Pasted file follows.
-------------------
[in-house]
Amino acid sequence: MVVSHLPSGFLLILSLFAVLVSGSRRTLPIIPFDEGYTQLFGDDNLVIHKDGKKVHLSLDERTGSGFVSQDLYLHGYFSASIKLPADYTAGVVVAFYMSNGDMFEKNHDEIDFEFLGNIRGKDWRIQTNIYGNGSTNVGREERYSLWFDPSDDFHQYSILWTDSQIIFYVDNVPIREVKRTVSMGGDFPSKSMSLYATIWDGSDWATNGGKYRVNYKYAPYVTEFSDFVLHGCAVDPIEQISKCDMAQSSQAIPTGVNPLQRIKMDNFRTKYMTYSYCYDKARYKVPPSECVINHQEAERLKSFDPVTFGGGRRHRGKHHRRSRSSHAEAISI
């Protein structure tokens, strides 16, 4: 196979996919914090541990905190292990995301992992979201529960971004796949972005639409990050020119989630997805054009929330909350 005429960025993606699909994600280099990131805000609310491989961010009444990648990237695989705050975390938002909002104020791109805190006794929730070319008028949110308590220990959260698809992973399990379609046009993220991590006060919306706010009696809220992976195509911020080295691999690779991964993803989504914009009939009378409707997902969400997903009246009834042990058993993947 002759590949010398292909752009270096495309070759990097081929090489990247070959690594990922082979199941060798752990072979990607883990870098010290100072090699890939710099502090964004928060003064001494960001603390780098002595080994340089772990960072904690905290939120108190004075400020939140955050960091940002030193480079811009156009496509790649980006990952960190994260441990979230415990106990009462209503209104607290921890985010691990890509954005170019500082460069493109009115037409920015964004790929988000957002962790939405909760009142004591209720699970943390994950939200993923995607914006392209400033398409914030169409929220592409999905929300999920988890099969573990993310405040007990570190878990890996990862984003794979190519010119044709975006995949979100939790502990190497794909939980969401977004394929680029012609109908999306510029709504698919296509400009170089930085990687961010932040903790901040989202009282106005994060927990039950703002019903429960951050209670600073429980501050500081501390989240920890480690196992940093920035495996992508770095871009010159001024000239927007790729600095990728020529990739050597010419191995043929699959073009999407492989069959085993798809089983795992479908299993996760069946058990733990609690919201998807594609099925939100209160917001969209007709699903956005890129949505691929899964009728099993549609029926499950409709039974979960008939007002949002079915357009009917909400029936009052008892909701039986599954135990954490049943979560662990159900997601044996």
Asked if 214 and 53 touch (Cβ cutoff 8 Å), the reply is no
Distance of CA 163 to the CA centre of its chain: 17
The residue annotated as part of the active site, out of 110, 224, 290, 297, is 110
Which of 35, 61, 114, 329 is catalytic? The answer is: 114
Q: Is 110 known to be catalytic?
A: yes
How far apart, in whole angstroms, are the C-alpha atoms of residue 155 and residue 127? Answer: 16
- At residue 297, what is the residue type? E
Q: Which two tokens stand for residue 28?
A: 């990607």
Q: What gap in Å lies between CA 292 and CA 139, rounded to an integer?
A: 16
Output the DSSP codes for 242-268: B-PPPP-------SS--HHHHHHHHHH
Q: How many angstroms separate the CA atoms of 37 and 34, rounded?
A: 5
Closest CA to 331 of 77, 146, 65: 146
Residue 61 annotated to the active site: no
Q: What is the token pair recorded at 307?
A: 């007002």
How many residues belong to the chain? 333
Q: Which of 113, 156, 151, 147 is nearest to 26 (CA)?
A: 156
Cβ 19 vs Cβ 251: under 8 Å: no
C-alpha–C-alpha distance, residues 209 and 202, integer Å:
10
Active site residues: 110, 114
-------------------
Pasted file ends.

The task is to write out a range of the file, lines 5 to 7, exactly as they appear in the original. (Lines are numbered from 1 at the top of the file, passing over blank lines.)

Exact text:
Distance of CA 163 to the CA centre of its chain: 17
The residue annotated as part of the active site, out of 110, 224, 290, 297, is 110
Which of 35, 61, 114, 329 is catalytic? The answer is: 114